Sunday, March 8, 2015

The WIRED Guide for Upgrading Your Apple Gadgets


Investing in expensive new gear can be a tricky proposition; buy at the wrong time, and you could miss out on innovative features, better performance, price drops, and more. But don’t worry! With a slate of Apple announcements coming next week, we’re here talk you through the best time to upgrade your iPhone, MacBook, iMac, and more.
Investing in expensive new gear can be a tricky proposition; buy at the wrong time, and you could miss out on innovative features...

On Monday, in addition to detailing its much-anticipated watch, Apple could introduce another brand new product: a totally redesigned, 12-inch, Retina display MacBook Air. Apple enthusiasts have been anxiously—and rightly—expecting a Retina MBA ever since the company introduced the MacBook Pro with Retina display three years ago. It looks like you’ll be rewarded for holding off, though; even if the Retina MacBook Air doesn’t make an appearance on Monday, the Wall Street Journal reports that it will start shipping sometime in the next few months.

The Retina MacBook Air saga is a reminder that strategic upgrade timing pays off. With that in mind, we’ve prepared solid guidelines on when it’s definitely time to pony up for a new Apple gadget, and when you can squeeze out a few more months, or years, out of the device.

iPhone:

For years, new iPhones reliably arrived in the summer, on the heels of Apple’s annual developer conference. These days, though, Apple drops its new handsets in fall, usually late September or early October. The benefit of this timing is two-fold: It gives third-party developers a few months to make sure their apps take advantage of the latest iOS features, and it ensures that the bright and shiny newness aligns neatly with the spendy holiday shopping season. So if you’re eligible for an upgrade in June or July, just hold out a few more months until the year’s latest handsets drop.

With that in mind, we suggest updating your iPhone every two years. Your hardware can easily hold up that long, and the latest version of iOS should still run smoothly. Wait much longer, and wear and tear start taking their toll on both. Battery life starts to go downhill. The software experience degrades; things slow down, and you’re more likely to suffer crashes and hangups.

If you can swing it, you should also try to align your upgrades with Apple’s “tick-tock” iPhone release cycle. Traditionally, every two years the company announces a major iPhone overhaul, while the intervening years are largely iterative. Think iPhone 5 (tick) to iPhone 5S (tock). You’ll end up with a lot less feature-lust if you stick with the ticks.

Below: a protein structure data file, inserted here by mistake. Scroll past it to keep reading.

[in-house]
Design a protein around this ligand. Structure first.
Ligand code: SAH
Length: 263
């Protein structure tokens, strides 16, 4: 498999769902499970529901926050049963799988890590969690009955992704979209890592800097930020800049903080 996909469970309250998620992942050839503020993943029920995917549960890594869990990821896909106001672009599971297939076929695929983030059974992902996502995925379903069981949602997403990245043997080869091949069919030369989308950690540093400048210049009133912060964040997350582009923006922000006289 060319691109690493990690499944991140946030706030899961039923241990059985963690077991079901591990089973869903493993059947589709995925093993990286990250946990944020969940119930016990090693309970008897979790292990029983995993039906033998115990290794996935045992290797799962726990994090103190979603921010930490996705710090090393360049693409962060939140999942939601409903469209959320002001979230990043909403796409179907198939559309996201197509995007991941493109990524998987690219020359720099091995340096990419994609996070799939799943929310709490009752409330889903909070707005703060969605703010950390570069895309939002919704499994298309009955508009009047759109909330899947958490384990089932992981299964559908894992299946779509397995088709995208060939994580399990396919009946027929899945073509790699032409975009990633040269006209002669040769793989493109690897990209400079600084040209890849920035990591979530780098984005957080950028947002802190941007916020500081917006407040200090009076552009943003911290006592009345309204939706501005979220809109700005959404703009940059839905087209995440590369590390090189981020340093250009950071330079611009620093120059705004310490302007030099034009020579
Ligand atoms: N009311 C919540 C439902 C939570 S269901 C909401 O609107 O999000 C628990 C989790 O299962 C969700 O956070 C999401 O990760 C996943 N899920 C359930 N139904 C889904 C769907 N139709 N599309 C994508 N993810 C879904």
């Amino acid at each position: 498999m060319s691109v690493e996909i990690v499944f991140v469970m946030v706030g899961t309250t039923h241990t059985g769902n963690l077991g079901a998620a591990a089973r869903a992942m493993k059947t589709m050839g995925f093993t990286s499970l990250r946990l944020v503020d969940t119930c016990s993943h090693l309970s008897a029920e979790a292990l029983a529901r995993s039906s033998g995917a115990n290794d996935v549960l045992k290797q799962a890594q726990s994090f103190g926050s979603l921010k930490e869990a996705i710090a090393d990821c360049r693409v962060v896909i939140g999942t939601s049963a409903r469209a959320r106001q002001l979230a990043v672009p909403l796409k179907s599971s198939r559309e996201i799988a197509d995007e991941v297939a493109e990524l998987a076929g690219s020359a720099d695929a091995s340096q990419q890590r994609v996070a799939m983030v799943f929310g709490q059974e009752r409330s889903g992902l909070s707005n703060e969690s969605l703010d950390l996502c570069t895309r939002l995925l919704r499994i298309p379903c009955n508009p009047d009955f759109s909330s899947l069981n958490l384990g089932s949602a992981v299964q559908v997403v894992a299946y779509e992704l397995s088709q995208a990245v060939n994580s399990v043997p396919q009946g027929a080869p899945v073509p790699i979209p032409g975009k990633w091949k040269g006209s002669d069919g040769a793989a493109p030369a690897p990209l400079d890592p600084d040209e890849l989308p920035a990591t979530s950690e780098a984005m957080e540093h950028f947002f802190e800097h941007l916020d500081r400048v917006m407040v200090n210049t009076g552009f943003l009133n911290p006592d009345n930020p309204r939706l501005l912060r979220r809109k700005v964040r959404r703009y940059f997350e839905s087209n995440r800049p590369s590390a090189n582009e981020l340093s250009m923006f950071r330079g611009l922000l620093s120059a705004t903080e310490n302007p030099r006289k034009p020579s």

If you do decide to hold onto your iPhone for more than two years, you should at the very least wait a few weeks to a month before downloading major iOS updates as they come. Older devices tend to experience more compatibility issues and bugs, which usually get smoothed out over time. That doesn’t mean you should just stay on iOS 8 forever, though; keeping your iOS version as up-to-date as possible will at the very least keep your security patches up to date.

iPad:

The iPad is a curious beast. While it still sells better than any other tablet, demand has lately slowed. That’s partly because of increased competition from Amazon and others, but you don’t need to buy a new tablet as frequently as you do a new smartphone.

If you currently have an iPad with a non-Retina display—that’s the first or second generation—you should go ahead and upgrade. Apple typically refreshes the line in late fall, so you’re in little danger of timing remorse if you buy today, and the experience is fundamentally, unquestionably better.

Otherwise, we think people should be able to hold onto their iPads for around four years before upgrading to a new one. The main benefits of newer iPads are faster processing and graphics performance, a higher resolution Retina display, and a lighter weight, all of which are welcome but not strictly necessary or even particularly noticeable in day to day use. As long as your iPad chugs along at a speed you’re comfortable with and doesn’t suffer from any egregious battery drain issues, there’s no real reason to upgrade.

There is one iPad upgrade wild card to consider. A larger 12.9-inch “iPad Pro” could arrive this fall, so you might want to hold off until then if you like your tablets super-sized.